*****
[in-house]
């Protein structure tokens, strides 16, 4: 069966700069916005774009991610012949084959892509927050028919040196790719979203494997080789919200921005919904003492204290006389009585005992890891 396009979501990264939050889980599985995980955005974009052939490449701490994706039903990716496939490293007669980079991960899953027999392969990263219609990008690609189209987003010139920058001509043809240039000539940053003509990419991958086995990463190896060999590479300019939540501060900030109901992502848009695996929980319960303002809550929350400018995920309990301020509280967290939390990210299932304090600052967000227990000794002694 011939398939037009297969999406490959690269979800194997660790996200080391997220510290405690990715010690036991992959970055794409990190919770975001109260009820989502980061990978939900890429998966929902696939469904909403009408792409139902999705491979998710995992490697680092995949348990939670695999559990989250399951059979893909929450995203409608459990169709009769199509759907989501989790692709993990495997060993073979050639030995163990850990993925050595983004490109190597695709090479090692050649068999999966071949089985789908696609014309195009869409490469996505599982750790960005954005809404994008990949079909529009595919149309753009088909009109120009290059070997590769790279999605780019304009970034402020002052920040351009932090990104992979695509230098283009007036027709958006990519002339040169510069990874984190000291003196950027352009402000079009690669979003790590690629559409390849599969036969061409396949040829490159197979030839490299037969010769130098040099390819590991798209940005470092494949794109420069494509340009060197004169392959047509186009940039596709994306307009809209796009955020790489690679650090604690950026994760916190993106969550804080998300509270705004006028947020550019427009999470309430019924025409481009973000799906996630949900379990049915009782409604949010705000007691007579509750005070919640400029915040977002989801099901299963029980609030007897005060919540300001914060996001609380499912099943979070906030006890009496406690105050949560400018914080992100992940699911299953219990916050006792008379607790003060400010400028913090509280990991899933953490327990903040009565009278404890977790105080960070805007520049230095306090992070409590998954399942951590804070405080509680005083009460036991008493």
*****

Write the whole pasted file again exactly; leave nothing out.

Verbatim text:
[in-house]
């Protein structure tokens, strides 16, 4: 069966700069916005774009991610012949084959892509927050028919040196790719979203494997080789919200921005919904003492204290006389009585005992890891 396009979501990264939050889980599985995980955005974009052939490449701490994706039903990716496939490293007669980079991960899953027999392969990263219609990008690609189209987003010139920058001509043809240039000539940053003509990419991958086995990463190896060999590479300019939540501060900030109901992502848009695996929980319960303002809550929350400018995920309990301020509280967290939390990210299932304090600052967000227990000794002694 011939398939037009297969999406490959690269979800194997660790996200080391997220510290405690990715010690036991992959970055794409990190919770975001109260009820989502980061990978939900890429998966929902696939469904909403009408792409139902999705491979998710995992490697680092995949348990939670695999559990989250399951059979893909929450995203409608459990169709009769199509759907989501989790692709993990495997060993073979050639030995163990850990993925050595983004490109190597695709090479090692050649068999999966071949089985789908696609014309195009869409490469996505599982750790960005954005809404994008990949079909529009595919149309753009088909009109120009290059070997590769790279999605780019304009970034402020002052920040351009932090990104992979695509230098283009007036027709958006990519002339040169510069990874984190000291003196950027352009402000079009690669979003790590690629559409390849599969036969061409396949040829490159197979030839490299037969010769130098040099390819590991798209940005470092494949794109420069494509340009060197004169392959047509186009940039596709994306307009809209796009955020790489690679650090604690950026994760916190993106969550804080998300509270705004006028947020550019427009999470309430019924025409481009973000799906996630949900379990049915009782409604949010705000007691007579509750005070919640400029915040977002989801099901299963029980609030007897005060919540300001914060996001609380499912099943979070906030006890009496406690105050949560400018914080992100992940699911299953219990916050006792008379607790003060400010400028913090509280990991899933953490327990903040009565009278404890977790105080960070805007520049230095306090992070409590998954399942951590804070405080509680005083009460036991008493």